Riding my bike to and from work is very mentally relaxing to me. It helps me focus and think clearly throughout the day.
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  24. #24
    Al noisebeam's Avatar
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    Quote Originally Posted by CVB
    takes 15 minutes by car, 45 by bike yesterday (each way).

    BUT, I have a pretty harried lifestyle as it is right now, with kids, wife who works full time (she's a teacher who's off in the summers), house maintenance and repairs, etc. My biggest problem with the bike commute yesterday was the time. It adds up to an extra hour away from either home or work, which I can't really afford right now.

    chatted in passing with fishermen, and just generally had a great ride.
    1. You will get faster, not just because of improved stanima, but because it will be a routine.
    2. You (meaning everyone) need the excercise, 1hr on the bike each day is one less hour in the gym or wherever.
    3. 'harried lifestyle' - You need the stress reduction that comes with the exercise and the 'great ride'. You will be more effective for the time you are at home. You will sleep better and have more energy to deal with life.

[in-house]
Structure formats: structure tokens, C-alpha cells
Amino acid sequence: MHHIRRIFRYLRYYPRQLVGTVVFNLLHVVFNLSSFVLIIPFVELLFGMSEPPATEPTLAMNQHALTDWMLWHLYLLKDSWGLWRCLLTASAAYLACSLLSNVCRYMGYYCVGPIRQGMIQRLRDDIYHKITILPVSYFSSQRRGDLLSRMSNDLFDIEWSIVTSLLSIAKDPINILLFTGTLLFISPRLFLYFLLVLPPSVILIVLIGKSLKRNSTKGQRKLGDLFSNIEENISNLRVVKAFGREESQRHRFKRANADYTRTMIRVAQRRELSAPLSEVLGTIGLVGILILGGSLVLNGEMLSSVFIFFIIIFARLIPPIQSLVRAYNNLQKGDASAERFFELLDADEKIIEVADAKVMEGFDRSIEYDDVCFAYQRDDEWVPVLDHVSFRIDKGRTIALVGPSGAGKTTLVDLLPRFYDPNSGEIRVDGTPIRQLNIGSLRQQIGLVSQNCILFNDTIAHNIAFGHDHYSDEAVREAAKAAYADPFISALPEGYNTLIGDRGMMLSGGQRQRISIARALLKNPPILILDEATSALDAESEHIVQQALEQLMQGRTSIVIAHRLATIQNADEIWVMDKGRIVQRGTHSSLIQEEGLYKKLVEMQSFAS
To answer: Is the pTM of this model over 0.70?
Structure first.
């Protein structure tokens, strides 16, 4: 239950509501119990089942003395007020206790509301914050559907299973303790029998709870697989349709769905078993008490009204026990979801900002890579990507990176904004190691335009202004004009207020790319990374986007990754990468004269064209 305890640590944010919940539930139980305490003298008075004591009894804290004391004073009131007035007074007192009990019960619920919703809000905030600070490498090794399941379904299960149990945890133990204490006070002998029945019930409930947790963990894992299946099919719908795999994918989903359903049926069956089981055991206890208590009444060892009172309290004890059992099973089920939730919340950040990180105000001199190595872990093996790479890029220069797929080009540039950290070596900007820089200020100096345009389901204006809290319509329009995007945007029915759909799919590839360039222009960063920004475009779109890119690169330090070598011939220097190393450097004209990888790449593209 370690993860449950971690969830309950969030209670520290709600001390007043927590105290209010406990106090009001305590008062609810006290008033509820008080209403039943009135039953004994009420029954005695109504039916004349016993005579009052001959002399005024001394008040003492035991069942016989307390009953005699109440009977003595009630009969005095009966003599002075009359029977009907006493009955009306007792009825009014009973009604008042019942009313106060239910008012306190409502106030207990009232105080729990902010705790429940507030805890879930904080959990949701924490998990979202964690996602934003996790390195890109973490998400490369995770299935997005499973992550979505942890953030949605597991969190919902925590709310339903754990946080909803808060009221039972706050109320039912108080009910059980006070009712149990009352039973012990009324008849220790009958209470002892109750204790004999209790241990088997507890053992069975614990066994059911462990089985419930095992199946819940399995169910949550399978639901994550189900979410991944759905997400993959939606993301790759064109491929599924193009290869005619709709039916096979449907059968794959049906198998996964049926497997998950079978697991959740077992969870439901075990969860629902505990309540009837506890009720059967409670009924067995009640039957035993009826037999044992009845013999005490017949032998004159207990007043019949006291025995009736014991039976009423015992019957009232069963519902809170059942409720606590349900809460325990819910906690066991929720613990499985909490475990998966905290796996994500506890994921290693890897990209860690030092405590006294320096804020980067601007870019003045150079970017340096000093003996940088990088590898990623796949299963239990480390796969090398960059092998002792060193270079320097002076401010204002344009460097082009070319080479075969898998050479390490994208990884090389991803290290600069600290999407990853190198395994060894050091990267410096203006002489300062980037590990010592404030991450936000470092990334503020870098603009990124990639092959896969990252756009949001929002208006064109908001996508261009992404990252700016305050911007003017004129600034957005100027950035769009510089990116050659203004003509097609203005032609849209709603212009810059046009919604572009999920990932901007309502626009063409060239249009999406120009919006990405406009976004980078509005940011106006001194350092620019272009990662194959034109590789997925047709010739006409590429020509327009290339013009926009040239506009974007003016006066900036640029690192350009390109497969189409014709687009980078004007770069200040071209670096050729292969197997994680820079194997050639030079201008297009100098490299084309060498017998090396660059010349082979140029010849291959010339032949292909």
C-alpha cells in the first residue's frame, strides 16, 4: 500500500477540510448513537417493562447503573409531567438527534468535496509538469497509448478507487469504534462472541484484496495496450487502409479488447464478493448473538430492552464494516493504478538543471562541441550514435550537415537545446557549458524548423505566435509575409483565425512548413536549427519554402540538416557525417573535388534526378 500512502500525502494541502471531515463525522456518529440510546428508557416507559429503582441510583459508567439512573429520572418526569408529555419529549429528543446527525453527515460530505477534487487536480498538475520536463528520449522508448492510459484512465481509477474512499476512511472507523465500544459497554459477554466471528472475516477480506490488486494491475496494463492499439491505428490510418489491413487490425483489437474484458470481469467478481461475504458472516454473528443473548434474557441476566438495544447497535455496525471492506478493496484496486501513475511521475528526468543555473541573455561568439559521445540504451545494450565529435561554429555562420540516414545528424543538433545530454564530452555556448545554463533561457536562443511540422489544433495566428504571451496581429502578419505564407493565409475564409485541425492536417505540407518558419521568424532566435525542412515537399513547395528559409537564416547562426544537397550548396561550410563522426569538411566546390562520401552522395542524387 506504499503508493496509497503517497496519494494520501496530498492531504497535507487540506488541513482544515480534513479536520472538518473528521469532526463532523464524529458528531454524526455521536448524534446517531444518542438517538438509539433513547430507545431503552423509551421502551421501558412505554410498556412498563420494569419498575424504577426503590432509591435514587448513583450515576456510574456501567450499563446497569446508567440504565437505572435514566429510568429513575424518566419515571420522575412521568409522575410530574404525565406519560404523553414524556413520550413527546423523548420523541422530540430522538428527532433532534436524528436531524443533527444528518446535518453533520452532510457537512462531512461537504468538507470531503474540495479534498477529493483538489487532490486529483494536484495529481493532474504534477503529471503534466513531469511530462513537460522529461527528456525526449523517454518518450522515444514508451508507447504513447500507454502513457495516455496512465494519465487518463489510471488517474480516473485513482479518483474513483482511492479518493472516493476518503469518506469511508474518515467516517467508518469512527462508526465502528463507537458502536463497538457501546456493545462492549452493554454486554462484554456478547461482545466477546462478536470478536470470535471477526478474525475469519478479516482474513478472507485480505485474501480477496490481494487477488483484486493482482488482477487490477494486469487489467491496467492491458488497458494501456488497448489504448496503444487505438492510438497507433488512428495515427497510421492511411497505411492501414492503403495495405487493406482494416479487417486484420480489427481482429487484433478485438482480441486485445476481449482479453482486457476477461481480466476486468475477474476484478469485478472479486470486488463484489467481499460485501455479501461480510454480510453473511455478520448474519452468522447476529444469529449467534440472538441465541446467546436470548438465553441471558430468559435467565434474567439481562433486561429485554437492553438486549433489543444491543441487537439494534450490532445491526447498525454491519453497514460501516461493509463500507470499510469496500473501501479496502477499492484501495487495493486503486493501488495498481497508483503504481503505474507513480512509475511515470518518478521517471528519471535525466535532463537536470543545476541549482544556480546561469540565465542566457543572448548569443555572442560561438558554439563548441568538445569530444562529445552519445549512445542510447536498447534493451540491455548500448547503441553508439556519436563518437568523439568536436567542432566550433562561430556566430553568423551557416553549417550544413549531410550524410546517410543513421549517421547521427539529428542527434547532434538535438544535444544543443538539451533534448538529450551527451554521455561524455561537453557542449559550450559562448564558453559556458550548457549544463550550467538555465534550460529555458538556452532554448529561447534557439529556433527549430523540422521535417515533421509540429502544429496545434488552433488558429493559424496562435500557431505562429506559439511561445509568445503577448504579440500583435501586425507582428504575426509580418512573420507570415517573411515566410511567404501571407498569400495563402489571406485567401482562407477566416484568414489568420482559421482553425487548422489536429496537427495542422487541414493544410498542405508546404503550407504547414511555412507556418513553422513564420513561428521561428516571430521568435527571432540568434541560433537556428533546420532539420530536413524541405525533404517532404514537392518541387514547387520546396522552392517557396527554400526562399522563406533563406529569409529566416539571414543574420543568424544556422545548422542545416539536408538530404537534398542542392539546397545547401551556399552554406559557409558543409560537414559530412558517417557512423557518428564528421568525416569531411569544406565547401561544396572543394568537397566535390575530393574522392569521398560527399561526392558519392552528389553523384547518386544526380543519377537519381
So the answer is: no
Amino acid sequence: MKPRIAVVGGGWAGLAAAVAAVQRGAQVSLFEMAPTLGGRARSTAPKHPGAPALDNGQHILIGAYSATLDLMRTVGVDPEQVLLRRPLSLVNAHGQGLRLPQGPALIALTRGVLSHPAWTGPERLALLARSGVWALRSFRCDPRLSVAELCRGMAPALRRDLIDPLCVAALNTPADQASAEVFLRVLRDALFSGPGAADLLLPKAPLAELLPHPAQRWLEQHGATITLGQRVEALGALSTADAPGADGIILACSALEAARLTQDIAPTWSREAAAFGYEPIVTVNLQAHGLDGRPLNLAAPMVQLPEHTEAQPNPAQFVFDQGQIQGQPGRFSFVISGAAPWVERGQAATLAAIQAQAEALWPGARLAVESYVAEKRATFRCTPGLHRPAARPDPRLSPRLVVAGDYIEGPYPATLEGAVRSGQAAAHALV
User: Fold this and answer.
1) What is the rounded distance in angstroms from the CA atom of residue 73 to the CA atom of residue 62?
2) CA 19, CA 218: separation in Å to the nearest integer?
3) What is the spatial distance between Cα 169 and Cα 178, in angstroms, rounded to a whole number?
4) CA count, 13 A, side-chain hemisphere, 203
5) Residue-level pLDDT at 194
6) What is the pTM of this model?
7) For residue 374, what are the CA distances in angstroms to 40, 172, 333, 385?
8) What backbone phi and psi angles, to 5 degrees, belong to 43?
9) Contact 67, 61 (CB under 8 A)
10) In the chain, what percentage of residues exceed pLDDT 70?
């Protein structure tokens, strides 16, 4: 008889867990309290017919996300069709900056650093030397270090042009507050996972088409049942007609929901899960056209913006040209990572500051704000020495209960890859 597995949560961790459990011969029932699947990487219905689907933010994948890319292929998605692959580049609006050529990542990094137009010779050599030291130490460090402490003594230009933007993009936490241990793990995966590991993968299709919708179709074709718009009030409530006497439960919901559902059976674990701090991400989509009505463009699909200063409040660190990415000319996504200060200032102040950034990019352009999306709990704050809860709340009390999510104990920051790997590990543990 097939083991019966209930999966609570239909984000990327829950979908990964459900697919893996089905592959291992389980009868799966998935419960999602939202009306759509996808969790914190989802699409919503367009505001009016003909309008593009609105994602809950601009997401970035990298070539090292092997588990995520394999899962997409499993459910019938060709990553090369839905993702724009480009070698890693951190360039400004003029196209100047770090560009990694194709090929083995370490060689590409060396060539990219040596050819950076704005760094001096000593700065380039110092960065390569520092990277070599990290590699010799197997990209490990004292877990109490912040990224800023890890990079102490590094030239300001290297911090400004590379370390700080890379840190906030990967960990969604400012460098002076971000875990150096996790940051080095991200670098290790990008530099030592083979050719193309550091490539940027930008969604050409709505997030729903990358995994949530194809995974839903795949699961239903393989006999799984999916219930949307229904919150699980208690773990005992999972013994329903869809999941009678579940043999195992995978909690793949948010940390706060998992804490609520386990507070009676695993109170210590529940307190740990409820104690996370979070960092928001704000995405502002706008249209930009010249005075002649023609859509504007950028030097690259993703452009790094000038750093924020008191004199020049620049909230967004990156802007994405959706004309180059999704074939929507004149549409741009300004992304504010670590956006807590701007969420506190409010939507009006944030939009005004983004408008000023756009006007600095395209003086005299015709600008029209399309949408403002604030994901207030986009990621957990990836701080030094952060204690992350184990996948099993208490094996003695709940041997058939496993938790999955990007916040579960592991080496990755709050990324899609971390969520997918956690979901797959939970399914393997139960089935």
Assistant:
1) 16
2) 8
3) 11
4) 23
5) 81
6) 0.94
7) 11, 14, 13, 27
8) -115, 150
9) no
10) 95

4. You don't need to stop and chat with fishermen if your wife is waiting for you

    Al

  25. #25
    Warning:Mild Peril Treespeed's Avatar
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    Another thing you might try to make your commute easier is to drive in once a week to carry in your office clothes and a week's worth of food. I do this every now and then to have unwrinkled clothes and a lighter bag on my way in. Also, prep everything the night before, put out your riding clothes and get your bike ready so you'll have one less excuse not to go.

    One other benefit to commuting in is more consistent travel time as you are more immune to traffic. Here in LA my driving time can be 15 or 45 minutes, but my ride is always less than 30 and much less stressful.

    Finally, your kids will be happier with an active father who takes them for fun bike rides on the weekend. Good luck and keep at it, it gets easier.
    Non semper erit aestas.